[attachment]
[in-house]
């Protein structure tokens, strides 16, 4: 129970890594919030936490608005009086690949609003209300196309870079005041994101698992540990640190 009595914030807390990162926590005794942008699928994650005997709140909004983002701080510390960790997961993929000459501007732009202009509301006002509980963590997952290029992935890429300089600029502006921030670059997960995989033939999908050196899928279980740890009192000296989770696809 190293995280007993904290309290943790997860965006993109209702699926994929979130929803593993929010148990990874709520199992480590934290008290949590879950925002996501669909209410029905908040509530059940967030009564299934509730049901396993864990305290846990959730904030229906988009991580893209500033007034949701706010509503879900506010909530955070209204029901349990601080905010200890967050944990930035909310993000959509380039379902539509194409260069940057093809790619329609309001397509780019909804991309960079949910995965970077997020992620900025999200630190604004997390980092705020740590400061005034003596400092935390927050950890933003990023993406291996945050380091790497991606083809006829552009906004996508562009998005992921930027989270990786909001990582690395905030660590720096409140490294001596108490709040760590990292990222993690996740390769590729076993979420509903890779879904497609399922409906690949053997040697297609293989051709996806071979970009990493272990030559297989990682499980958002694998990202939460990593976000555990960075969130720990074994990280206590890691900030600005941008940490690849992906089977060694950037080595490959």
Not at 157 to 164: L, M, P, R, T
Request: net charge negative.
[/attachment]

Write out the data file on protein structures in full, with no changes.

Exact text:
[in-house]
């Protein structure tokens, strides 16, 4: 129970890594919030936490608005009086690949609003209300196309870079005041994101698992540990640190 009595914030807390990162926590005794942008699928994650005997709140909004983002701080510390960790997961993929000459501007732009202009509301006002509980963590997952290029992935890429300089600029502006921030670059997960995989033939999908050196899928279980740890009192000296989770696809 190293995280007993904290309290943790997860965006993109209702699926994929979130929803593993929010148990990874709520199992480590934290008290949590879950925002996501669909209410029905908040509530059940967030009564299934509730049901396993864990305290846990959730904030229906988009991580893209500033007034949701706010509503879900506010909530955070209204029901349990601080905010200890967050944990930035909310993000959509380039379902539509194409260069940057093809790619329609309001397509780019909804991309960079949910995965970077997020992620900025999200630190604004997390980092705020740590400061005034003596400092935390927050950890933003990023993406291996945050380091790497991606083809006829552009906004996508562009998005992921930027989270990786909001990582690395905030660590720096409140490294001596108490709040760590990292990222993690996740390769590729076993979420509903890779879904497609399922409906690949053997040697297609293989051709996806071979970009990493272990030559297989990682499980958002694998990202939460990593976000555990960075969130720990074994990280206590890691900030600005941008940490690849992906089977060694950037080595490959």
Not at 157 to 164: L, M, P, R, T
Request: net charge negative.